The Missouri Supreme Court on Thursday ruled in favor of supporters of Medicaid expansion in the state, overturning a lower court ruling that had blocked it.
The unanimous ruling was quickly praised by supporters of Medicaid expansion, who said it would mean that expansion can finally go forward in the state after a long battle.
“As a result of the Supreme Court’s ruling, Missourians across the state will finally be able to realize the health and economic benefits of Medicaid expansion," the Missouri Budget Project said in a statement. "State after state has shown that in addition to providing insurance to those eligible, expansion is a fiscal and economic boon to state economies and budgets."
An estimated 275,000 people in Missouri could gain coverage under the expansion of Medicaid's eligibility.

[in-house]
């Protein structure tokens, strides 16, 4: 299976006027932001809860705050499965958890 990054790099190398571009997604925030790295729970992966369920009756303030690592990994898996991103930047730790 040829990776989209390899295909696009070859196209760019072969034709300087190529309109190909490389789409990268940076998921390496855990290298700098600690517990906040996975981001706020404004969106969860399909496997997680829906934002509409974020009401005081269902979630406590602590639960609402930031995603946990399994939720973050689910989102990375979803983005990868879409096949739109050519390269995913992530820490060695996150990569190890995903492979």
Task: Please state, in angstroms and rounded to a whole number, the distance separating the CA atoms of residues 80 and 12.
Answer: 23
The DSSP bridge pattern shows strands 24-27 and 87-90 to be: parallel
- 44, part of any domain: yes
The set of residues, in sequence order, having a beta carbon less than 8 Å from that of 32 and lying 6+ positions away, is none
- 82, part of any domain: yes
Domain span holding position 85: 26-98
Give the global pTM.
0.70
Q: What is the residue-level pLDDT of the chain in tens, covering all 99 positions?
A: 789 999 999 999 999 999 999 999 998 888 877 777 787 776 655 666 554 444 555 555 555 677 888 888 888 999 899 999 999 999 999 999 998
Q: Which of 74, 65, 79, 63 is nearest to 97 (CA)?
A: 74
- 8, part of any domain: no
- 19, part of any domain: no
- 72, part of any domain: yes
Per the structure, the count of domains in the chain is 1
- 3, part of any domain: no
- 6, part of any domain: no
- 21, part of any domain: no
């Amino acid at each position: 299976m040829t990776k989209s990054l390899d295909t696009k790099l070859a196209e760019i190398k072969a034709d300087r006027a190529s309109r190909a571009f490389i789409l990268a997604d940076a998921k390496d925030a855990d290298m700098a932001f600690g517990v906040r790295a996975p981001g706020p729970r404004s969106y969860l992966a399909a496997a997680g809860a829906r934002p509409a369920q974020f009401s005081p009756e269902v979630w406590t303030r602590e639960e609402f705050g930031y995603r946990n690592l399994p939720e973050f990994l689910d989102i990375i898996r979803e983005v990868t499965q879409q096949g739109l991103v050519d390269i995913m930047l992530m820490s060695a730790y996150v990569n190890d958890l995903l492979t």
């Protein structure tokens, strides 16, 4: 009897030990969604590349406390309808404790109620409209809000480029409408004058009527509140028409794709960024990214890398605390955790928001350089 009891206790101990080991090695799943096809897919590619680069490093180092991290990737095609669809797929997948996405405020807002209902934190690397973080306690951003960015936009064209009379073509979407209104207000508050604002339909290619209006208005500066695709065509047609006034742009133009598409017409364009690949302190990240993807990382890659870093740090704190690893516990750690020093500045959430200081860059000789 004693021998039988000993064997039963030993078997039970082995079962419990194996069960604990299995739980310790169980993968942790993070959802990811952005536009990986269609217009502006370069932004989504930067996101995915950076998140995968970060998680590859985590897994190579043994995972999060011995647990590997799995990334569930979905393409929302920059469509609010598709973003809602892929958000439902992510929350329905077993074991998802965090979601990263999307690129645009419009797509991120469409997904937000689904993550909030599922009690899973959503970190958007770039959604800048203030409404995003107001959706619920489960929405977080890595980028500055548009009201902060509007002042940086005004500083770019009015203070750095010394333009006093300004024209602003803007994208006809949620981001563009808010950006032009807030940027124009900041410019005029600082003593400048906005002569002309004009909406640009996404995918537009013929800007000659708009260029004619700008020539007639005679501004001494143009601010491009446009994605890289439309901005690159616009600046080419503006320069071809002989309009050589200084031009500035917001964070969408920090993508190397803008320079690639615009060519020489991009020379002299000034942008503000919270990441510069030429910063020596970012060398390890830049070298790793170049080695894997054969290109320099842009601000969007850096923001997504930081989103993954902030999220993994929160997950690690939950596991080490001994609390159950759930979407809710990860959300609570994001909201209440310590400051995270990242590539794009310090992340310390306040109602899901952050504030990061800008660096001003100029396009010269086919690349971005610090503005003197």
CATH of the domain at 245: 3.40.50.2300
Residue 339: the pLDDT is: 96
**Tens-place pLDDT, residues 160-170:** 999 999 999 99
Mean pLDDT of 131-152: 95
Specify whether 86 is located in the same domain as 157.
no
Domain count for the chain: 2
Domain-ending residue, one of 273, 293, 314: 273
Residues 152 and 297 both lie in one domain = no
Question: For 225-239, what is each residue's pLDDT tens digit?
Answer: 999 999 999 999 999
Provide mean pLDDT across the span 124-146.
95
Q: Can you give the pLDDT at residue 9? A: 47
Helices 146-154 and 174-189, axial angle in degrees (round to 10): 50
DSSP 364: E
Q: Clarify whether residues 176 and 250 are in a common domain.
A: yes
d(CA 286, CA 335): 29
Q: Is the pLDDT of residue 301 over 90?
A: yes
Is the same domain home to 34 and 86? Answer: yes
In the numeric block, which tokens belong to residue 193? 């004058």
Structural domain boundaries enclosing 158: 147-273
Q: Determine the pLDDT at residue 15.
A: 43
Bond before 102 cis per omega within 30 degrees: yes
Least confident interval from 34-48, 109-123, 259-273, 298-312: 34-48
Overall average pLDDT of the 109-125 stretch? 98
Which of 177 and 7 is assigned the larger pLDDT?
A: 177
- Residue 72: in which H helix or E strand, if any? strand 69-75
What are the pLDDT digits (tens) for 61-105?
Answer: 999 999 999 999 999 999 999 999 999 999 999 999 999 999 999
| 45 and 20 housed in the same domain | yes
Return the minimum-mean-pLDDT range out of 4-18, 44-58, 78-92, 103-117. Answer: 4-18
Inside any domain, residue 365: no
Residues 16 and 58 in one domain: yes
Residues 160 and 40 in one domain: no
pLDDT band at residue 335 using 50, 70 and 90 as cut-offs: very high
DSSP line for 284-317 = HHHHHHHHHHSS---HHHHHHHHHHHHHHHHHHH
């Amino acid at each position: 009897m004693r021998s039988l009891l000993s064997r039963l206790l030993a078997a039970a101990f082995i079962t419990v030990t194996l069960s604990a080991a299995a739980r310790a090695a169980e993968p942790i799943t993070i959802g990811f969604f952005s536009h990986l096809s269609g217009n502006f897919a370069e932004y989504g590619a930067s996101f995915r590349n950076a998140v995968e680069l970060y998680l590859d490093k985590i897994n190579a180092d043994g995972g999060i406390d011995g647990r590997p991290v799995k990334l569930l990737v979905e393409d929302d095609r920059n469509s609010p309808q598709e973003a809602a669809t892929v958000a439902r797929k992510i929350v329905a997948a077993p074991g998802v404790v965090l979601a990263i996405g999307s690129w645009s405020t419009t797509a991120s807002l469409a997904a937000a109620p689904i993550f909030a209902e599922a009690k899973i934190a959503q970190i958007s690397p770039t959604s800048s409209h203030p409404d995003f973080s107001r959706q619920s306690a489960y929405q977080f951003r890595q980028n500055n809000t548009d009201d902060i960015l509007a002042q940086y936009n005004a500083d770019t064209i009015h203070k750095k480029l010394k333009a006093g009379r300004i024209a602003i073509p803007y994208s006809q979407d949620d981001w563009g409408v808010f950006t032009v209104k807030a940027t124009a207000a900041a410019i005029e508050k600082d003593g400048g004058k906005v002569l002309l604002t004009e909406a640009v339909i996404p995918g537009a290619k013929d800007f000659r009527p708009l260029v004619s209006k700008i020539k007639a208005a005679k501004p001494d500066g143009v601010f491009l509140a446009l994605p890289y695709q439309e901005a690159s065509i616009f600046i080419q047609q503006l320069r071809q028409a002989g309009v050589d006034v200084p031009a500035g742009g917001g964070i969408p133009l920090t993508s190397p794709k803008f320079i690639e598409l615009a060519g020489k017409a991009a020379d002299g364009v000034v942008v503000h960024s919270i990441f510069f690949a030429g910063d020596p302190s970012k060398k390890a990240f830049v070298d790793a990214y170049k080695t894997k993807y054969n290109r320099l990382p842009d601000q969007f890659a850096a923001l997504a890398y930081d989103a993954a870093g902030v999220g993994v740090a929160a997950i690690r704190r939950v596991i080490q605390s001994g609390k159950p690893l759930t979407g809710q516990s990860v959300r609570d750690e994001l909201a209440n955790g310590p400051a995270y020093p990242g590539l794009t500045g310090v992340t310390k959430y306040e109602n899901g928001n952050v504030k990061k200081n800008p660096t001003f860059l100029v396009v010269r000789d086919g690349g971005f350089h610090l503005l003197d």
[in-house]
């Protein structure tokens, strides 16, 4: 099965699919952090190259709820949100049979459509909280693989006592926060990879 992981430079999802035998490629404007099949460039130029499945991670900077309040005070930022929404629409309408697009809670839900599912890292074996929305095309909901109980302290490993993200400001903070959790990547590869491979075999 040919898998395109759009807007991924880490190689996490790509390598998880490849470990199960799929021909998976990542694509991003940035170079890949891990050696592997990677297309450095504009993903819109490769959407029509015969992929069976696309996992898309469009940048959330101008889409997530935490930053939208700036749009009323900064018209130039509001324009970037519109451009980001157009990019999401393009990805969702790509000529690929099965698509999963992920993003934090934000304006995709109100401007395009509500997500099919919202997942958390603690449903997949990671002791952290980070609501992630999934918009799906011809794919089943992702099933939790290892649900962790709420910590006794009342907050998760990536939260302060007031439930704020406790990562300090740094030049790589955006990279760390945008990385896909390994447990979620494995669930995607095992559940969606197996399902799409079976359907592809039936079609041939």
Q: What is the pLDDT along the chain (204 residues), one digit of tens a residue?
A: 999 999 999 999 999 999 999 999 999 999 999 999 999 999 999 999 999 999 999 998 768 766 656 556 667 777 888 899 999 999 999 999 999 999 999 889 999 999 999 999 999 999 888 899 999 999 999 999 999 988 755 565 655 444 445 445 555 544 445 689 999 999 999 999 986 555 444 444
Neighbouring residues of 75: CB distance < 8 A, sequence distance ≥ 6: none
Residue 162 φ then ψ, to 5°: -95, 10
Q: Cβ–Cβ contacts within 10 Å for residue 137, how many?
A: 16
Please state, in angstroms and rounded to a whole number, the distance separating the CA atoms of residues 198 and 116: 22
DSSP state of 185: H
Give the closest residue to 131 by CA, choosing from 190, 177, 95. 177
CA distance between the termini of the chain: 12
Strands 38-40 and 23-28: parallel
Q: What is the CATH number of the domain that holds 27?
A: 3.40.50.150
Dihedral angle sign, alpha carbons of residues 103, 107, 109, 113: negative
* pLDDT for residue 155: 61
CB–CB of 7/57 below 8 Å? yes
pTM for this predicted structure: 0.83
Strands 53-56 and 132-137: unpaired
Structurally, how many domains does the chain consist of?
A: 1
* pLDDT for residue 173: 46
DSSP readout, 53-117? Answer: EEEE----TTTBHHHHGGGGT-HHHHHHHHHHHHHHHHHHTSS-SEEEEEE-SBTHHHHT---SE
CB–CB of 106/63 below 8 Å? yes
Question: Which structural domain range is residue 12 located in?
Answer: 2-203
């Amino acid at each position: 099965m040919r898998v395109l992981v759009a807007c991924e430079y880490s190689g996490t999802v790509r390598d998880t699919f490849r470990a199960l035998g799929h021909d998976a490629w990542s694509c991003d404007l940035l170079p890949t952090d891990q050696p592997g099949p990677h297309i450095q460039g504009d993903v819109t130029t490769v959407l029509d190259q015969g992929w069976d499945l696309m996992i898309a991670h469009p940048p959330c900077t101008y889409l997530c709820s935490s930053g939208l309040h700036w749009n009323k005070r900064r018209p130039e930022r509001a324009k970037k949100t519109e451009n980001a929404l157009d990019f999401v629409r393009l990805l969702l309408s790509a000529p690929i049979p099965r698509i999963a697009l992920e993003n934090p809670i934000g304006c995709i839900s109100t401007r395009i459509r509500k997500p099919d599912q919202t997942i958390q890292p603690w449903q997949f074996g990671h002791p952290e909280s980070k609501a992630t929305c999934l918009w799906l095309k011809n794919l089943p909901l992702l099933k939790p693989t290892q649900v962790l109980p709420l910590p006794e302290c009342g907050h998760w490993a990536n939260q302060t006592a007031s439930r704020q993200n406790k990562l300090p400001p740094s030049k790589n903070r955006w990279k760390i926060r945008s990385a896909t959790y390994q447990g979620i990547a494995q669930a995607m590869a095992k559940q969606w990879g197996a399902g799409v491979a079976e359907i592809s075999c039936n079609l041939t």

Voters passed a ballot question last year approving the expansion of Medicaid under the Affordable Care Act, but GOP Gov. Mike Parson said in May he would not implement it after Republicans in the state legislature declined to provide funding for it.
Supporters then sued to seek implementation. A lower court ruled against expansion in June, saying the ballot measure had actually been unconstitutional because it appropriated money without providing a funding source.
But the state's supreme court overturned that ruling on Thursday, saying that the ballot measure did not directly appropriate money and infringe on the legislature's appropriations power, even if it ends up costing money. A lower court is tasked with issuing an order to implement the ruling.
Missouri would be the 38th state to expand Medicaid, with 12 states still holding out.
Democrats in Congress are currently exploring ways to have the federal government step in and provide coverage in the 12 holdout states, a measure that could be included in the coming infrastructure package using the fast-track process of reconciliation.